Microsoft Corp. must change its business to better deliver software and services over the Internet to compete against new technology upstarts, Chairman Bill Gates said in a recent memo to executives.
Gates' memo acknowledged that Microsoft, which became the world's largest software maker by developing programs to be installed on personal computers, is facing increased heat from rivals such as Google Inc., Salesforce.com Inc., Yahoo Inc. and Skype Inc. that have built businesses by delivering such services over the Internet.
"We have competitors who will seize on these approaches and challenge us," Gates said.
"The broad and rich foundation of the Internet will unleash a 'services wave' of applications and experiences available instantly over the Internet to millions of users," Gates said in the memo, which was sent to senior Microsoft executives in late October and obtained by Reuters and other media outlets this week.
"The next sea change is upon us," Gates said, evoking his famous memo a decade ago calling for Microsoft to shift its focus to the Internet, which resulted in a company-wide effort to develop the Internet Explorer browser and unseat market leader Netscape -- and which also led to the landmark antitrust trial with the U.S. government.
Microsoft announced last week that it would offer some of the basic features of Windows and Office over the Internet, without the complexity of installing and maintaining the software in computer hard drives.
The Gates memo preceded that announcement, and Chief Executive Steve Ballmer reinforced the call on Wednesday.
"We believe this has potential over time to be a major new revenue stream," Ballmer told shareholders at the company's annual meeting.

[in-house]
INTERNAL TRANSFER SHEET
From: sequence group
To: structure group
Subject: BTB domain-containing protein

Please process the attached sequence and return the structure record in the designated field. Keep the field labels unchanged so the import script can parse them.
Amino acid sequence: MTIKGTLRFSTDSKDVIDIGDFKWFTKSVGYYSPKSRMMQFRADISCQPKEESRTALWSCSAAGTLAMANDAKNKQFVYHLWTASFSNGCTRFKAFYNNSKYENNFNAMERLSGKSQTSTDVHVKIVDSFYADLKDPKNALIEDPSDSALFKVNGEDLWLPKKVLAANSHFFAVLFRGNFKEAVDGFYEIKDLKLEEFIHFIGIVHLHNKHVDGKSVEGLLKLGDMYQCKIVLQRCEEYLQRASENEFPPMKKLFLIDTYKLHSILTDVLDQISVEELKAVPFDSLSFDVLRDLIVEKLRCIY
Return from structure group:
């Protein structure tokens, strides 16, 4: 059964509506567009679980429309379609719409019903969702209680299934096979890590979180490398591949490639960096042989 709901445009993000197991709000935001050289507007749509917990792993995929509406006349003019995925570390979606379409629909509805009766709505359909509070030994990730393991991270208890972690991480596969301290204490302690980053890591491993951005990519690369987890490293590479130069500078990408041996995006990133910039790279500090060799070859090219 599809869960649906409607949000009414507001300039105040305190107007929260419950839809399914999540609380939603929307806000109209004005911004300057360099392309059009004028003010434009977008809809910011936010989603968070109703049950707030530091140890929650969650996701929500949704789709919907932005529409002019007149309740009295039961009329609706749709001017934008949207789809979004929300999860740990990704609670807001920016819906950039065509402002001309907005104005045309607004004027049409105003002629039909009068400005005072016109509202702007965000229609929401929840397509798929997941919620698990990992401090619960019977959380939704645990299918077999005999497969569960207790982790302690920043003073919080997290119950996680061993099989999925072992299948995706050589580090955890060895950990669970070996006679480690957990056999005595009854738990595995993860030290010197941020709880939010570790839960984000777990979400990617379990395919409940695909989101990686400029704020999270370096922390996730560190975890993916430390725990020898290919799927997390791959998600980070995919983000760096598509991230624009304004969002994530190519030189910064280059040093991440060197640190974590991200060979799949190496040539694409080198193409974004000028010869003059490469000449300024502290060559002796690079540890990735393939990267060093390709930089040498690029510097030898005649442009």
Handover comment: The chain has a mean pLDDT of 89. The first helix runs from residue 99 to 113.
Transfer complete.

"Just as we succeeded on the on the desktop, we will strive to succeed in services on the Web," Ballmer said.
While Gates' memo may mark a major strategy shift for the Redmond, Washington, software maker, the company has been working for a while toward adopting a new strategy.
Ray Ozzie, a longtime software services pioneer who sold his company Groove Networks to Microsoft in April and joined as one of Microsoft's chief technical officers, complained in a separate memo sent in October that Microsoft had moved too slowly to recognize industry trends and to use its technology to fend off new rivals.
"Just as in the past, we must reflect upon what's going on around us, and reflect upon our strengths, weaknesses and industry leadership responsibilities, and respond," said Ozzie, who was put in charge of Microsoft's efforts to deliver software services over the Web.
"As much as ever, it's clear that if we fail to do so, our business as we know it is at risk. We must respond quickly and decisively," he said.
Microsoft is offering its own search engine to compete against Google and has also begun selling advertisements that will be displayed alongside search results, which has fueled profits at Google.
The memos also reflect a recent company-wide reorganization at Microsoft that put the MSN Internet business under the Windows division and gave Ozzie his new role.
Microsoft shares fell 3 cents to $26.96 on Wednesday on Nasdaq, and are trading at 21 times projected fiscal 2006 earnings. Google, by comparison, has a price-earnings ratio of 47 for projected 2006 earnings.
At Wednesday's annual meeting, shareholders reelected Microsoft's board and ratified the selection of the company's auditor, Deloitte & Touche.